Today’s update from estate agent Savills (LSE: SVS) is highly positive since it shows that the company is set to beat expectations for the year to 31 December 2015. It experienced a strong finish to the year, with Savills completing a number of significant commercial transactions across its global footprint.
Furthermore, Savills’ investment management division also completed the sale of the Berlin Potsdamer Platz assets on behalf of the SEB Immoinvest Fund. This occurred earlier than expected, thereby leading to a stronger-than-anticipated performance from the investment management division in 2015.
Looking ahead to 2016, Savills has maintained its current guidance. It’s expected to post a rise in its bottom line of 10% for the full-year, with market fundamentals due to remain sound in spite of heightened uncertainty over global economic prospects.
With the company’s shares trading on a price-to-earnings growth (PEG) ratio of 1.4, they appear to offer good value for money. And with Savills having such a geographically diversified business, it has the capacity to overcome short-term challenges in one or more regions in the short run. Therefore, it appears to be a sound long-term buy, although its business remains relatively cyclical and its shares are likely to remain volatile in the coming months.
Another cyclical stock that appears to be worth buying is Dart Group (LSE: DTG). It’s benefitting from an improved economic outlook, with the travel company having posted double-digit increases in its bottom line in each of the last five years.
Looking ahead to the current year, Dart is expected to increase its bottom line by a highly impressive 64%. This puts it on a forward price-to-earnings (P/E) ratio of 11, which indicates that it offers excellent value for money and could benefit from an increase to its rating over the medium term.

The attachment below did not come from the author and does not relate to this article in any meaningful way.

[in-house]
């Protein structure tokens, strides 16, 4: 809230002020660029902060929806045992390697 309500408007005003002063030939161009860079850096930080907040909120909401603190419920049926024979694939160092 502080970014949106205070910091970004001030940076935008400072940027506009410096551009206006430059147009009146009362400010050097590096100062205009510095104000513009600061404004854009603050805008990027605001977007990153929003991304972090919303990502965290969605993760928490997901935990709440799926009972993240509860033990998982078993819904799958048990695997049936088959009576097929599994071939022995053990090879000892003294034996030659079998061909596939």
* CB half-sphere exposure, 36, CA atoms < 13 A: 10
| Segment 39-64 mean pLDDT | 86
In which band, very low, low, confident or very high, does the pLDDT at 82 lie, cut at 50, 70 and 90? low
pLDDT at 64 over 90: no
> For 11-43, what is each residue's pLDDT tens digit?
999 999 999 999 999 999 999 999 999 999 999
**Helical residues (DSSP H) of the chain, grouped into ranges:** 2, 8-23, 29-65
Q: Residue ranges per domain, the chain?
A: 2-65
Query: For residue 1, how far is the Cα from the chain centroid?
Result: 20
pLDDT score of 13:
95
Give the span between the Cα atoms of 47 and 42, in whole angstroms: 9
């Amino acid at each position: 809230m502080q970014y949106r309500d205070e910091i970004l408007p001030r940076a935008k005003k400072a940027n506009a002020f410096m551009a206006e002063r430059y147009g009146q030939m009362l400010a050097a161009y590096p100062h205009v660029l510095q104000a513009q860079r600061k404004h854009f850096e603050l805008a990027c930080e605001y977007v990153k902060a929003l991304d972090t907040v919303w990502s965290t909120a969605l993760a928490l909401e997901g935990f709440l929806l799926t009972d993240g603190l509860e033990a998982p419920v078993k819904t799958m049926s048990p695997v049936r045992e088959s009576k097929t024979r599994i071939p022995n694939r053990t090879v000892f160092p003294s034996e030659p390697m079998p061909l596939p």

Certainly, there’s a risk that Dart will be hurt by interest rate rises, since the impact of higher mortgage, credit card and other debt repayments could squeeze household spending levels. And with inflation unlikely to remain near zero in the coming years, real-term wages growth could also come under pressure and impact negatively on consumer spending levels.
However, with such a low valuation and a relatively resilient business model, Dart seems to offer a highly appealing risk/reward ratio for the long term, and therefore appears to be worth buying at the present time.
Bag a bargain?
Similarly, Barclays (LSE: BARC) also trades on a super-low valuation. It has a price-to-book value (P/B) ratio of only 0.6 which, for a global bank that has been highly profitable in recent years, seems to be an extremely low price to pay.
That’s because during the credit crunch there were major concerns about significant writedowns to the values of assets held on banks’ balance sheets. But today the prospect of that taking place seems to be rather slim. Certainly, economic challenges lie ahead, but they’re unlikely to merit such a low valuation over the coming years – especially with Barclays performing relatively well and being expected to increase its bottom line by 21% in the current financial year.
In addition, Barclays is set to yield 4.1% in 2016, which makes it an appealing income play. This, plus its low valuation and upbeat growth prospects, makes it a very strong buy for 2016 and beyond.
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Peter Stephens owns shares of Barclays and Dart Group. The Motley Fool UK has recommended Barclays. We Fools don't all hold the same opinions, but we all believe that considering a diverse range of insights makes us better investors.